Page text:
Placements offer extra advantages over MOOCs in building computer science employability

Placements offer extra advantages over MOOCs in building computer science employability

"Placement students act as a form of knowledge exchange between business and higher education institutions."


Image Credit

In a recent article in the THE, David Willetts highlighted the frustration felt by employers about the skills gap in computer science graduates entering the labour market.

This apparent skills gap is supported by the statistics: despite being in short supply and earning high hourly wages (UKCES 2012), computer scientists have the highest unemployment levels of any discipline 6 months after graduation: 12% in the 2011-12 HESA DLHE. The UKCES Skills Assessment for ICT 2012 specifically stated “The low level of recruitment of young people indicates an under-utilised recruitment pool but also reflects employer preferences for recruiting highly skilled and experienced workers”.

"Placement students don't just learn passively, they help to improve the bottom line as enthusiastic employees with a fresh perspective."

In his interview with the THE, Willetts argued that “MOOCs (massive open online course) could bypass [university computer science courses] if they don’t deliver what employers are looking for.” However, placements offer another option. Rather than bypassing the skills gap with a MOOC, we have found that placements have the potential to address the gap while establishing links between universities and businesses that produces a wider range of benefits.

Feedback from students on and returning from placements can inform and drive curriculum changes based on their time in industry. This process can provide great value to HEIs in improving academic programmes and keeping them, and therefore graduates, up-to-date on the latest developments in a fast moving sector.

Equally, we have seen that students are able to add real value to a business during their placement. Placement students don't just learn passively, they help to improve the bottom line as enthusiastic employees with a fresh perspective.

Placement students act therefore as a form of knowledge exchange between business and higher education institutions. We have seen in our research that once the seed of the university-business relationship is planted it can blossom in other ways. Hosting a placement student gets a business in touch with the university where they can benefit from further collaboration such as incoming-generating partnerships.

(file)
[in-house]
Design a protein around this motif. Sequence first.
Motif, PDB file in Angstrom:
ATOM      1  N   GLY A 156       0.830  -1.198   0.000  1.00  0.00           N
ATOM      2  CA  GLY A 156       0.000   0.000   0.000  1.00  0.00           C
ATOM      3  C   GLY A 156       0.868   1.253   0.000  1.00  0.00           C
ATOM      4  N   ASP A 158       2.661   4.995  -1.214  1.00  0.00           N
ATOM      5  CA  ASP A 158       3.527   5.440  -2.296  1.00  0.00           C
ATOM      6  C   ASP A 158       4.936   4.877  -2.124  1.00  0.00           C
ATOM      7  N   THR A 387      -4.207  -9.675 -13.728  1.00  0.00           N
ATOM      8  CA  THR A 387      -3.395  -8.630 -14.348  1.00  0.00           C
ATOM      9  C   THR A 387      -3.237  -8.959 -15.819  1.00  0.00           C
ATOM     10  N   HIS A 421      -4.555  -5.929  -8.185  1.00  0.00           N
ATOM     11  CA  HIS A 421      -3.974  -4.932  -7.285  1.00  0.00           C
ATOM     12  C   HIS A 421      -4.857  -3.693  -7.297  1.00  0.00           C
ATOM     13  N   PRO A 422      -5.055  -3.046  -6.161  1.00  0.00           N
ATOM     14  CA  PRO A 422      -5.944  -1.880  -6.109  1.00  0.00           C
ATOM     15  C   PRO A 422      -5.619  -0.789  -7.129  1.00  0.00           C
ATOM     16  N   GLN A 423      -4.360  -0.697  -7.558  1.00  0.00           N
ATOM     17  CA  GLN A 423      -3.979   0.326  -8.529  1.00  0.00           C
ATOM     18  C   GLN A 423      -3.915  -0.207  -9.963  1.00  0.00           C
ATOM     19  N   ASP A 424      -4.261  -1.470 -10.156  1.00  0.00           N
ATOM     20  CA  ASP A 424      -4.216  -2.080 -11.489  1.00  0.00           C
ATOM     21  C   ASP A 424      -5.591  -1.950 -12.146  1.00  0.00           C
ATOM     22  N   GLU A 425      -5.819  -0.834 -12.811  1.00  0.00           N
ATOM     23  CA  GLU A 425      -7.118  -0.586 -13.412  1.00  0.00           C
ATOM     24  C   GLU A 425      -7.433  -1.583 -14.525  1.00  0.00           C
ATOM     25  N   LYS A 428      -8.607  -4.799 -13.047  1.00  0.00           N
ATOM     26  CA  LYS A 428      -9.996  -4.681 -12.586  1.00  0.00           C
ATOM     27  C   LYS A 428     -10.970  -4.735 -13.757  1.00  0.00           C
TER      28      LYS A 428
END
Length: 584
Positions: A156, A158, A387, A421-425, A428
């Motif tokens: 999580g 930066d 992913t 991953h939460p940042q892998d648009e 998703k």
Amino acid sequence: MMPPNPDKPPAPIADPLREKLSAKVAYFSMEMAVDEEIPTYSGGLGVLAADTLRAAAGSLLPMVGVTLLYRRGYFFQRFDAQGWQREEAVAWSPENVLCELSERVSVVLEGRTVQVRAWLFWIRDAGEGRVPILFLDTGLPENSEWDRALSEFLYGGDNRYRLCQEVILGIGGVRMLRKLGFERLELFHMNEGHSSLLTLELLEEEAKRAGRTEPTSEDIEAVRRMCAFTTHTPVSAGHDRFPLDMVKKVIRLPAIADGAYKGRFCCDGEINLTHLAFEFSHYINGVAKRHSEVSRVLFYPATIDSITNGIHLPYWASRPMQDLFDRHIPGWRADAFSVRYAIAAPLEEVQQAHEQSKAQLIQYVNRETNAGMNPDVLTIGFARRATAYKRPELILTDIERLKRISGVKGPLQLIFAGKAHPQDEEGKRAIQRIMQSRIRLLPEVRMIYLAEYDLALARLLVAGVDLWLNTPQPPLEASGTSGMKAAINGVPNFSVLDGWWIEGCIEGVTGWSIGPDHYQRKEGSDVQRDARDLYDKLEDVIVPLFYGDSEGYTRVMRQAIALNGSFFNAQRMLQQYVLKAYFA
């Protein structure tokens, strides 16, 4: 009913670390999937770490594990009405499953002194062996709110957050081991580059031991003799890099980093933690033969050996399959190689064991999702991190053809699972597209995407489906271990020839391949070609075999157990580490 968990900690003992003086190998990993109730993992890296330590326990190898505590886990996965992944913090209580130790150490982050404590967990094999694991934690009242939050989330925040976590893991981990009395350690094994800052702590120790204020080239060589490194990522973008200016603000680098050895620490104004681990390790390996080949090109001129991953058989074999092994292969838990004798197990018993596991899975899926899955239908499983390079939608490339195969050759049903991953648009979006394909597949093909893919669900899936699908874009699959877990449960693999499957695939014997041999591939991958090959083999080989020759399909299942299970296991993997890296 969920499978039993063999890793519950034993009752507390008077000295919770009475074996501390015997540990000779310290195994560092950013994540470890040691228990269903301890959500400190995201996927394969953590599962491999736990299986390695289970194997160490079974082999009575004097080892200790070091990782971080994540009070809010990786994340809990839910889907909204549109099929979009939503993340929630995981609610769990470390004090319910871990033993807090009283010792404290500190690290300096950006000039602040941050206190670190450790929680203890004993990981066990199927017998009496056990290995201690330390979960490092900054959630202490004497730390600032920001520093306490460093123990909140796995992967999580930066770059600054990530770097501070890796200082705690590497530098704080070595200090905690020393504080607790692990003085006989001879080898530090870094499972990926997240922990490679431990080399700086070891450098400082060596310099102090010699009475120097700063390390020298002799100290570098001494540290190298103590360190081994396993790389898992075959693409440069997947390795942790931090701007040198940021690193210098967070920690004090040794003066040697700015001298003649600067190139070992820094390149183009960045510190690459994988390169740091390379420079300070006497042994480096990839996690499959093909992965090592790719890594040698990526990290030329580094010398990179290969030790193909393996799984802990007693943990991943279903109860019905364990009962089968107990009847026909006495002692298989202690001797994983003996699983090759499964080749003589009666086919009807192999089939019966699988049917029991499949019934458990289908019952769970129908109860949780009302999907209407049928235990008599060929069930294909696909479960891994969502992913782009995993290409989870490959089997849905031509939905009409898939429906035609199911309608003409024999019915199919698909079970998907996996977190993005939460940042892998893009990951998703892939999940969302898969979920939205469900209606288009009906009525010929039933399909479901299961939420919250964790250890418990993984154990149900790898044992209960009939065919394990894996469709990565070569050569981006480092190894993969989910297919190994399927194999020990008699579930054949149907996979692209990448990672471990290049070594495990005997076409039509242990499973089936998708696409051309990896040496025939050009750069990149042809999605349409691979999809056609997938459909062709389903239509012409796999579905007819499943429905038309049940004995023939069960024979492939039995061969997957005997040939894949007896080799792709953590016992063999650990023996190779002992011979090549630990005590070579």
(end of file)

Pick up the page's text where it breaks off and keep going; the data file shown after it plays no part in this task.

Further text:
"Placement students act as a form of knowledge exchange between business and higher education institutions."

Of course, a key benefit for all from a successful placement is the possibility of permanent employment. Evidence shows that businesses are increasingly using placements as a way of testing out future recruits, with the percentage of graduates recruited directly from employers' work experience programmes up to record high this yearand a third of businesses reporting to Pearson that they use placements to identify graduate talent.

Even for those students who don't go on to work for the company they were placed with, a quality placement boosts their employability. The initial findings of our research define a 'quality' placement as one that adds value to a student's degree; a student must be given an opportunity to learn skills that are not taught at university, both technical skills and 'soft skills' such as team working, time management and how to work with clients. All these will help in the search for future employment.

None of these added benefits can be achieved through a MOOC.

At NCUB we are currently undertaking a research project into placements for computing students. Our research, funded by the Department for Business, Innovation and Skills (BIS), aims to fill in the gap in evidence on the scale of placements that are currently being offered and undertaken in universities across the UK. The report, due to be published later this summer, will also be showcasing examples of best-practice in placements for computing students. By understanding the landscape and sharing best-practice in computing placements we aim to inform and influence policies to improve the range and quality of computer science placements.

Olivia Jones is Talent, Enterprise and Development Project Manager at NCUB. Contact her if you have any questions about the research.

What do you think? Tweet us @NCUBtweets or comment below

Other posts that may interest you:

BLOG: How do you know if you’re offered a high quality work placement?
BLOG: Why the Royal Society of Chemistry is funding undergrad placements in SMEs
BLOG: Placements, internships & sandwich years

Expand for more